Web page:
Join Malcolm Shore for an in-depth discussion in this video What you should know, part of Cybersecurity for IT Professionals.
- [Malcolm] This is a practical course which introduces a number of tools which are used to analyze and protect systems. In explaining how the tools work, I'll be assuming that you understand basic computer networking concepts. And I'll be using common networking terminology. The course doesn't require you to have any prior knowledge of cyber security. This is a practical course and requires multiple computers to show cyber attack and defense techniques. I'd recommend that you practice along with the course so you'll need to have a test network. In this course, I'll use my Windows 10 based virtual box test network. This has a Windows 7 workstation on IP address 10.0.2.6 and with Hydra an IP address 10.0.2.12 and Scorpio on IP address 10.0.2.31. One option for setting up the Linux host is to use two small computers such as a Raspberry Pi. Setting up the Raspberry Pi involves connecting a keyboard, a mouse, and a screen and then configuring its network settings. If you're not familiar with the Raspberry Pi, there are courses in our library to help you set one up. Alternatively, you can set up a test network with Linux virtual machines. If you're planning to progress with your ethical hacking training, this will be the best option as you'll be needing a test lab anyway. If you're not familiar with VirtualBox, you can learn how to set up a lab by following the videos in my Kali Linux course where I cover the essentials of setting up a VirtualBox virtual machine test lab with Windows and Linux hosts. If you prefer VMare, then you can use that also. If you're not familiar with setting up VMware work station, then again we have courses in the library on setting up and running a VMware network. I've included with the course a file that provides details of how to install the tools that I use in this course. You'll see the terminal commands I use on the video and I've also included them in the attached file for easy reference.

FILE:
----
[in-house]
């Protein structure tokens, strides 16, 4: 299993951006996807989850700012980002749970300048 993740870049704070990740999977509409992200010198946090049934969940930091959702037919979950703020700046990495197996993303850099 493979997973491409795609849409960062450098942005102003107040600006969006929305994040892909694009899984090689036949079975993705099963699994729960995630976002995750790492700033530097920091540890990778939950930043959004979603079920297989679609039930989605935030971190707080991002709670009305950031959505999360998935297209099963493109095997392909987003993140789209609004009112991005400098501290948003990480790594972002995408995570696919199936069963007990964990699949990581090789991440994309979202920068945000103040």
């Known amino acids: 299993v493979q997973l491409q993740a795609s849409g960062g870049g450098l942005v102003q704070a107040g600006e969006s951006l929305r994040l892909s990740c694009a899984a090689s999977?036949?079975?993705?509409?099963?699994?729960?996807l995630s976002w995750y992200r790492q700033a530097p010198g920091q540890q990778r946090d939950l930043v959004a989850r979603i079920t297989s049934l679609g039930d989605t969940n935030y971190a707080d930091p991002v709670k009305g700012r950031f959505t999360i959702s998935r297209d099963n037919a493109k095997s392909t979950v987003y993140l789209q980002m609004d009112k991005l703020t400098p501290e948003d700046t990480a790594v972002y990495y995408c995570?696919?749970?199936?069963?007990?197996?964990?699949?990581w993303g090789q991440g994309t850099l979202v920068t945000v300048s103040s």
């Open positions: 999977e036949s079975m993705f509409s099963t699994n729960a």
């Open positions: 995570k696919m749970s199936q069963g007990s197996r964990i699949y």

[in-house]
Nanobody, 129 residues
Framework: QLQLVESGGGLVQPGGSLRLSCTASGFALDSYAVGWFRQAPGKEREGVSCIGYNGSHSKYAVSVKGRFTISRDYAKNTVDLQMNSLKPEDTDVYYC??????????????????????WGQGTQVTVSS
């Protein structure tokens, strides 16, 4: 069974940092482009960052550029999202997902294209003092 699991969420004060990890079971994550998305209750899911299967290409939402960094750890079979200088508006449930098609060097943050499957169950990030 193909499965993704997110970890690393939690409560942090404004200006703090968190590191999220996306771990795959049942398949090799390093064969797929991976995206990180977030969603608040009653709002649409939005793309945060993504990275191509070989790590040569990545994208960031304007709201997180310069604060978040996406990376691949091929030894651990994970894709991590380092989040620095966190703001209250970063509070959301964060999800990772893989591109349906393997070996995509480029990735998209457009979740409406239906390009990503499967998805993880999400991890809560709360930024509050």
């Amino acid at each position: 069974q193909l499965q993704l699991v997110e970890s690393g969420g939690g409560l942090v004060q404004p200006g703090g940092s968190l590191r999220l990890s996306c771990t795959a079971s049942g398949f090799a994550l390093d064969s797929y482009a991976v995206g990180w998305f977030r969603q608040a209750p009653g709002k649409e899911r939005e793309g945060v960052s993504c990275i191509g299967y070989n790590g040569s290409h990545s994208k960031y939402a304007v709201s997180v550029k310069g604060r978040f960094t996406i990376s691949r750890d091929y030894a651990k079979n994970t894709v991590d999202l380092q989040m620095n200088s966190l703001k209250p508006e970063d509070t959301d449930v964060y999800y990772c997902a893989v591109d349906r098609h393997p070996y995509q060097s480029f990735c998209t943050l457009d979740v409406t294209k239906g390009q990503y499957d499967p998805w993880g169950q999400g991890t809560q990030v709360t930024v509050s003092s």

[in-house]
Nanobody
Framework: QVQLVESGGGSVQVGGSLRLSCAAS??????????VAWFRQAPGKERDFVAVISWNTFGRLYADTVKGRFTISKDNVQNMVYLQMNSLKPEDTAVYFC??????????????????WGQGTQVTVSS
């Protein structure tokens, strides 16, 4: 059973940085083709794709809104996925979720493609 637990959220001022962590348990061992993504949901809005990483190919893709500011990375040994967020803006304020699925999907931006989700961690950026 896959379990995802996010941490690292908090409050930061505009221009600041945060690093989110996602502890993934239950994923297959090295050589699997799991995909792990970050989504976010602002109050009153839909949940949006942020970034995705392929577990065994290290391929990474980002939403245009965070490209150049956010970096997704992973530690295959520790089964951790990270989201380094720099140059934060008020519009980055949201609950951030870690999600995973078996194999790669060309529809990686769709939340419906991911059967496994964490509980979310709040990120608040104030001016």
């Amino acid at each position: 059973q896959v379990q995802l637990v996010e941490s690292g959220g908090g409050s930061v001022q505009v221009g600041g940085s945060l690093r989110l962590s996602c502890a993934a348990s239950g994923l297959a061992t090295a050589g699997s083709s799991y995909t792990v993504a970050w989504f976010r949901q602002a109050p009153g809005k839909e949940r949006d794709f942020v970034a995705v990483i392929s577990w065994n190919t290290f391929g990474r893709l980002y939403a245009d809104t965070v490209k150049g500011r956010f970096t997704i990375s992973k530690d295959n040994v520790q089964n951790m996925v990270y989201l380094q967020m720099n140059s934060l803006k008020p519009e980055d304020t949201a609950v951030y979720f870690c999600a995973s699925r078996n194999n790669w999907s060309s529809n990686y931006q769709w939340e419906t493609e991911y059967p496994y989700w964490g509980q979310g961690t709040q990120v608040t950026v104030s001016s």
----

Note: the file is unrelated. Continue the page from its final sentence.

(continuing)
- Hackers and the kill chain
- Viruses, spyware, and adware
- Detecting malware with Windows Defender
- Using Windows Firewall and Linux iptables
- Scanning with Nmap
- Monitoring network communications with Netcat
- Combating application-level threats
- Scanning a website to check for vulnerabilities
- Capturing intruders through packet inspection